Using pedological knowledge to improve sediment source apportionment in tropical environments

Batista, Pedro V. G. and Laceby, J. Patrick and Silva, Marx L. N. and Tassinari, Diego and Bispo, Diêgo F. A. and Curi, Nilton and Davies, Jessica and Quinton, John N.. (2019) Using pedological knowledge to improve sediment source apportionment in tropical environments. Journal of Soils and Sediments, 19 (9). pp. 3274-3289.

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Official URL: https://edoc.unibas.ch/79591/

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Soils are important regulators of Critical Zone processes that influence the development of geochemical signals used for sediment fingerprinting. In this study, pedological knowledge of tropical soils was incorporated into sediment source stratification and tracer selection in a large Brazilian catchment. In the Ingai River basin (similar to 1200 km(2)), Brazil, three source end-members were defined according to the interpretation of soil and geological maps: the upper, mid, and lower catchment. A tributary sampling design was employed, and sediment geochemistry of three different size fractions was analyzed (2-0.2 mm; 0.2-0.062 mm, and < 0.062 mm). A commonly used statistical methodology to element selection was compared to a knowledge-based approach. The mass balance un-mixing models were solved by a Monte Carlo simulation. Modeled source contributions were evaluated against a set of artificial mixtures with known source proportions. For the coarse fraction (2-0.2 mm), both approaches to element selection yielded high errors compared to the artificial mixtures (23.8% and 17.8% for the statistical and the knowledge-based approach, respectively). The knowledge-based approach provided the lowest errors for the intermediate (0.2-0.062 mm) (10.9%) and fine ( 90%) reaching the catchment outlet were derived from Ustorthents in the lower catchment. The different element selection methods and the artificial mixtures provide multiple lines of evidence for evaluating the fingerprint approaches. Our findings highlight the importance of considering pedogenetic processes in source stratification, and demonstrate that different sampling strategies might be necessary to model specific sediment fractions.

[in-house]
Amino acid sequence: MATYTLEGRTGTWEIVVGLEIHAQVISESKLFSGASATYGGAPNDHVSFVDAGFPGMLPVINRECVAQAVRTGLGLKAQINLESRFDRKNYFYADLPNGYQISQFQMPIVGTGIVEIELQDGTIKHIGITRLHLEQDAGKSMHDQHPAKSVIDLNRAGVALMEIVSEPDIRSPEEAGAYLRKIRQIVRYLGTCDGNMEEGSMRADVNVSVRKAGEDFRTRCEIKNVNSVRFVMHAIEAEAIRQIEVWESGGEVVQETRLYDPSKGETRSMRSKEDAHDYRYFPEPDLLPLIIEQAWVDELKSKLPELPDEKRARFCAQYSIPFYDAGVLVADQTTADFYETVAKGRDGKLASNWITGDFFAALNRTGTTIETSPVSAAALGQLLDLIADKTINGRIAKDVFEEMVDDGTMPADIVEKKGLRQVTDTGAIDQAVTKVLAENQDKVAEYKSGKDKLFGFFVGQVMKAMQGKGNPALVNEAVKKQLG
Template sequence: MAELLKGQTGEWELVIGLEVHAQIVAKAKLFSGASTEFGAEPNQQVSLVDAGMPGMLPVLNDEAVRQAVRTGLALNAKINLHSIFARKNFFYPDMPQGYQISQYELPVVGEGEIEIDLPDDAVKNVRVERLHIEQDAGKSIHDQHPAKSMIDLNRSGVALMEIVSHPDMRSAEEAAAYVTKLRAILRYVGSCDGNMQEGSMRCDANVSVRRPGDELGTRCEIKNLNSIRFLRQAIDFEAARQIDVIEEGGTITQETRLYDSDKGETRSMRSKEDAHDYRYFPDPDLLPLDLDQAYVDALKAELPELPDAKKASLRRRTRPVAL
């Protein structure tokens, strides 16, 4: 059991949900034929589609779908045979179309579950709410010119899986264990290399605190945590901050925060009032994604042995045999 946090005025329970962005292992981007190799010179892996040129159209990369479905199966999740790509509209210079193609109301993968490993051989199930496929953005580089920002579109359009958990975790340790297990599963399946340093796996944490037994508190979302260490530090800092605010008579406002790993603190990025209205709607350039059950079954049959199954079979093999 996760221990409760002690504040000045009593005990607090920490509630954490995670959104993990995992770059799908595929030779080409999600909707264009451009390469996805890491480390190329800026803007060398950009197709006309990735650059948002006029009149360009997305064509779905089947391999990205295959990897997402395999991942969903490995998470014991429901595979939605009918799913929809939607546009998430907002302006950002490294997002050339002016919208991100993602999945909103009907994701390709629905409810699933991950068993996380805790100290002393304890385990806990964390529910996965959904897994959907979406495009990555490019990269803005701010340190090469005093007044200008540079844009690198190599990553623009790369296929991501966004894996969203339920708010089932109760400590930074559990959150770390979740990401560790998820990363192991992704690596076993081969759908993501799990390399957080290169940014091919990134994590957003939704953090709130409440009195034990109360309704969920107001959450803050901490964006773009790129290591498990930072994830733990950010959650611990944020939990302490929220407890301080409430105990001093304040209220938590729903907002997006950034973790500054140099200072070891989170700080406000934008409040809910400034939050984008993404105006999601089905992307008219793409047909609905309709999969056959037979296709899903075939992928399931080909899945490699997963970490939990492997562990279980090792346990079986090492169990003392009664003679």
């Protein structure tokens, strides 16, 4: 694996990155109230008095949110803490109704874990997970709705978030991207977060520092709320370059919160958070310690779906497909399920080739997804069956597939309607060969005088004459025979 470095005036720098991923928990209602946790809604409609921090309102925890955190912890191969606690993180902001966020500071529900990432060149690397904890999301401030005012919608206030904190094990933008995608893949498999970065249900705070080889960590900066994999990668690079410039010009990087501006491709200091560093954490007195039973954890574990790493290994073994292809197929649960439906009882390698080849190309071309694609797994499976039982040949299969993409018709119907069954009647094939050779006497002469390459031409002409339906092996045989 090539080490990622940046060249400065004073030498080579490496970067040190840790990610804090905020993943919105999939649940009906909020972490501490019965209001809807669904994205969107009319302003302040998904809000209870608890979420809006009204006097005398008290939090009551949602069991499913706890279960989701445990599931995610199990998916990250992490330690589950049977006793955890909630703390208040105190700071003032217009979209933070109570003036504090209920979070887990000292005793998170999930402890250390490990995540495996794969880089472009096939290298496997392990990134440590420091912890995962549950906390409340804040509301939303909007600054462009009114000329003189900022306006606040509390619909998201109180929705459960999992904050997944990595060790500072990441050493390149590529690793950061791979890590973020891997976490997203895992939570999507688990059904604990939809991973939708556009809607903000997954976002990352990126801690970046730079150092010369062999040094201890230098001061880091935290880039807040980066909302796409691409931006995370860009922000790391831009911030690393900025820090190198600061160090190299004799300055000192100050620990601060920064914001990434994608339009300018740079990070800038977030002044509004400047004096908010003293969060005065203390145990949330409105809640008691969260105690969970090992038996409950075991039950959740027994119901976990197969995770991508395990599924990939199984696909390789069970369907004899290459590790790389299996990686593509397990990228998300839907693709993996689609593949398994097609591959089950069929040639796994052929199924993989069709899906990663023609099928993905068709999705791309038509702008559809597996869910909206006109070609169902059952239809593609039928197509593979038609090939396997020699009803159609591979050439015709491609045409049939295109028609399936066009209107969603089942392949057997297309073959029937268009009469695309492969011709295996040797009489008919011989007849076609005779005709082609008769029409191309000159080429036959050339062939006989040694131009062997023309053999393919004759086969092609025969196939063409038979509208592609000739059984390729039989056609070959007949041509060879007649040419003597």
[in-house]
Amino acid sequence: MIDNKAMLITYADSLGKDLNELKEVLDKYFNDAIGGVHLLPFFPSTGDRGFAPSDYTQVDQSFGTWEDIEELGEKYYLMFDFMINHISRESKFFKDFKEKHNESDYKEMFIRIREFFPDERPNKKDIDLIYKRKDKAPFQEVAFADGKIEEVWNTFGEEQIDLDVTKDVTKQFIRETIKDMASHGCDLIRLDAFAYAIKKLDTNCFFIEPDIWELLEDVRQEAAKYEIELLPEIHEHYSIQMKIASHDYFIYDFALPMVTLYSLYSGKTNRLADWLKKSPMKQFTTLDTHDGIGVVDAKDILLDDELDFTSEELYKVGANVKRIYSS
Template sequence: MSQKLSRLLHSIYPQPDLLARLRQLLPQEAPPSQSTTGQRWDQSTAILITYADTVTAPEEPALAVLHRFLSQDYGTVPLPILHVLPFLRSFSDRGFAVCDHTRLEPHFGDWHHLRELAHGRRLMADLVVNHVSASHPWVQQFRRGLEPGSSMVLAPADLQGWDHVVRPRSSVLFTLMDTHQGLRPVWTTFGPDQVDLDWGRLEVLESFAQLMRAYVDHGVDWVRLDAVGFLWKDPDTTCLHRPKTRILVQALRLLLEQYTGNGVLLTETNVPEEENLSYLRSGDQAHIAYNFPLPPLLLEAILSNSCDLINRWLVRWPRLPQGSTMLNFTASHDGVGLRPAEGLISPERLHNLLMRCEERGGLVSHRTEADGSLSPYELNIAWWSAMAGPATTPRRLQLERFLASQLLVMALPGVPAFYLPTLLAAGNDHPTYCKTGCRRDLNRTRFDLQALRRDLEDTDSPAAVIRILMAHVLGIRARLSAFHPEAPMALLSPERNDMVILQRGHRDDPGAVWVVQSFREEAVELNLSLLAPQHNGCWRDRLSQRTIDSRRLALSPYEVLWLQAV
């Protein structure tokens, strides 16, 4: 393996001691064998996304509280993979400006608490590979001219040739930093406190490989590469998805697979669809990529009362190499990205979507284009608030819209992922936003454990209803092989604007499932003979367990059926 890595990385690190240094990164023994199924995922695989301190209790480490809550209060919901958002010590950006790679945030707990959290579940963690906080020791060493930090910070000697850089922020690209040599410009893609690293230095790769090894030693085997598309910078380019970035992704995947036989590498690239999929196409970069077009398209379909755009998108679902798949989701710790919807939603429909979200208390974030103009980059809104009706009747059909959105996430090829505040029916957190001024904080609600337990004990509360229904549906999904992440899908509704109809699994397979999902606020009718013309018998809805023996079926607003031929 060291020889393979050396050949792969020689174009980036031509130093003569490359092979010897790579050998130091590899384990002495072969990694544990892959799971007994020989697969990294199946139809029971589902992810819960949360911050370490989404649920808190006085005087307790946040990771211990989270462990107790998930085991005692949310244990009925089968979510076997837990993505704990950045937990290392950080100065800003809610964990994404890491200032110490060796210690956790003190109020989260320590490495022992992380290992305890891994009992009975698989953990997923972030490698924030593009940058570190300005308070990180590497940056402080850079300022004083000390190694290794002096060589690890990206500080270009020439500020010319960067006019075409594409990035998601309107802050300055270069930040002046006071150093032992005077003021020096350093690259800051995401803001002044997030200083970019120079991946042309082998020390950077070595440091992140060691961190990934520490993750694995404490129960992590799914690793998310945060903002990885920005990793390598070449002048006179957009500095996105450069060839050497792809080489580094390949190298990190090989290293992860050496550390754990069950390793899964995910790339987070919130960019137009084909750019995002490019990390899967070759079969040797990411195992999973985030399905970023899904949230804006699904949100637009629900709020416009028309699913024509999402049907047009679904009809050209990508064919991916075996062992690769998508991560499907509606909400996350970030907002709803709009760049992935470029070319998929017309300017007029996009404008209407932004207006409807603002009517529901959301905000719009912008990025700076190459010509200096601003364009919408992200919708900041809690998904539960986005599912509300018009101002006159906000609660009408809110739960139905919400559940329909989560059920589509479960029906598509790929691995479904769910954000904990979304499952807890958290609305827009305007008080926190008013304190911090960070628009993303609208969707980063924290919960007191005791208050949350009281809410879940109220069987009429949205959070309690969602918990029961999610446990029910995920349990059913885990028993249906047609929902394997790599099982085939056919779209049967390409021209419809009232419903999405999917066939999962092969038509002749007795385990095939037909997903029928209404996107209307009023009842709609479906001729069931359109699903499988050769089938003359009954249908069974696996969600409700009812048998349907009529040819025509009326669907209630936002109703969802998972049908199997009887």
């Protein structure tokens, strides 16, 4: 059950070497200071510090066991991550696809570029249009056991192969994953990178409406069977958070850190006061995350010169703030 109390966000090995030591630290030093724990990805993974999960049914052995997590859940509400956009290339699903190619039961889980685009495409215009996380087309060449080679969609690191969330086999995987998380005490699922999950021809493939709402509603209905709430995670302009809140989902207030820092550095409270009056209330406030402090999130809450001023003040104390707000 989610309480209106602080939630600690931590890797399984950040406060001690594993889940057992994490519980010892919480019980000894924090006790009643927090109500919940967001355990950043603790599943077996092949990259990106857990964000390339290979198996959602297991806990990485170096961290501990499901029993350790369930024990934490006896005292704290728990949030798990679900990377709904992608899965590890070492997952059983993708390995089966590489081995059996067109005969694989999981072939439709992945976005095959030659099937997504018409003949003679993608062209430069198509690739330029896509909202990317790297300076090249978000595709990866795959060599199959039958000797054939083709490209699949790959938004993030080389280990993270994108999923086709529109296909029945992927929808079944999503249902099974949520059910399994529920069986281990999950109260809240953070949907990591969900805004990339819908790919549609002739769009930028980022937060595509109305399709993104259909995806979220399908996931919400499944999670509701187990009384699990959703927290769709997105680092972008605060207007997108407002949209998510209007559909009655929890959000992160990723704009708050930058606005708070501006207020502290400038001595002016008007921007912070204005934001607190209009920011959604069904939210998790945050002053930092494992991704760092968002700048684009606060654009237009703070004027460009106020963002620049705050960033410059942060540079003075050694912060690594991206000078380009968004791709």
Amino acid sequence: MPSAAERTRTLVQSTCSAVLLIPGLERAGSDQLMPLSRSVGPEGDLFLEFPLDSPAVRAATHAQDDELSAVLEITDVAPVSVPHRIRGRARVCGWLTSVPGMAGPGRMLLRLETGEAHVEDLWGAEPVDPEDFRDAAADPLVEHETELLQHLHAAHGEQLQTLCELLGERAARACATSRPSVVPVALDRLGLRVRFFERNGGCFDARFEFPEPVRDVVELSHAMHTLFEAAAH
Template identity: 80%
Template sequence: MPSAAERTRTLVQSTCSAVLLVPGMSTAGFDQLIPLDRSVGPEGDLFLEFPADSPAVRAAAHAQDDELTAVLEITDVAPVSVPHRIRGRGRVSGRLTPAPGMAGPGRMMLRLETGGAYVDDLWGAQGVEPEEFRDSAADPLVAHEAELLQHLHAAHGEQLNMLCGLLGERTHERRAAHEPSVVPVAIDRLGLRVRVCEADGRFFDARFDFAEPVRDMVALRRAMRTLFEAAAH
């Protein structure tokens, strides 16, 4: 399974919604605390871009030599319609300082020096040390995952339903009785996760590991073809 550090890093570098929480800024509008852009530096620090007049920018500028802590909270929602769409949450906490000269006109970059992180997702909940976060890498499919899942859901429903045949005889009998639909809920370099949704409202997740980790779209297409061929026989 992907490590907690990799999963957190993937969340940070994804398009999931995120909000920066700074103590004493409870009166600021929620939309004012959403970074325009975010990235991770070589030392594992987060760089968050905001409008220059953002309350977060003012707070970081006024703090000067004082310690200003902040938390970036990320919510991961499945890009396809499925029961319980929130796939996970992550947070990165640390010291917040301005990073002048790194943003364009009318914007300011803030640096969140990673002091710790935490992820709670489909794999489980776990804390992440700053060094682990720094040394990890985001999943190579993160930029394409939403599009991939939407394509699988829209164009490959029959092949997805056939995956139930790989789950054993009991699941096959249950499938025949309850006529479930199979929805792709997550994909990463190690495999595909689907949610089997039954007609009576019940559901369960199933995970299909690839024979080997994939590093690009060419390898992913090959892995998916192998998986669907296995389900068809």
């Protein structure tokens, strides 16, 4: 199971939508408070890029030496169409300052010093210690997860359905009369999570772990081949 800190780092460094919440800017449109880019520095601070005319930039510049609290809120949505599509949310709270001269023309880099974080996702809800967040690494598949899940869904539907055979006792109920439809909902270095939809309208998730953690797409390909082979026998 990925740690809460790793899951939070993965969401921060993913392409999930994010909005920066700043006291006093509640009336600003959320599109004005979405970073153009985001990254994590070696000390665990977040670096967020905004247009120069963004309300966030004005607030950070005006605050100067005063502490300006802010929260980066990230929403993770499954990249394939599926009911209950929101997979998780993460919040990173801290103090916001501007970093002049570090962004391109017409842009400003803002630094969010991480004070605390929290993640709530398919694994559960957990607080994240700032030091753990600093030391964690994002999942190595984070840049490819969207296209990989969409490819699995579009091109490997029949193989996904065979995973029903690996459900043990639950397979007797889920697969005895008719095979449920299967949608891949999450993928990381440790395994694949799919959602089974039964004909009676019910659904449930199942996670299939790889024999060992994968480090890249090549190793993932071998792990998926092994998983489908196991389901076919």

Faculties and Departments:05 Faculty of Science
05 Faculty of Science > Departement Umweltwissenschaften
05 Faculty of Science > Departement Umweltwissenschaften > Geowissenschaften
05 Faculty of Science > Departement Umweltwissenschaften > Geowissenschaften > Umweltgeowissenschaften (Alewell)
UniBasel Contributors:Batista, Pedro
Item Type:Article, refereed
Article Subtype:Research Article
Note:Publication type according to Uni Basel Research Database: Journal article
Identification Number:
Last Modified:16 Dec 2020 15:24
Deposited On:16 Dec 2020 15:24

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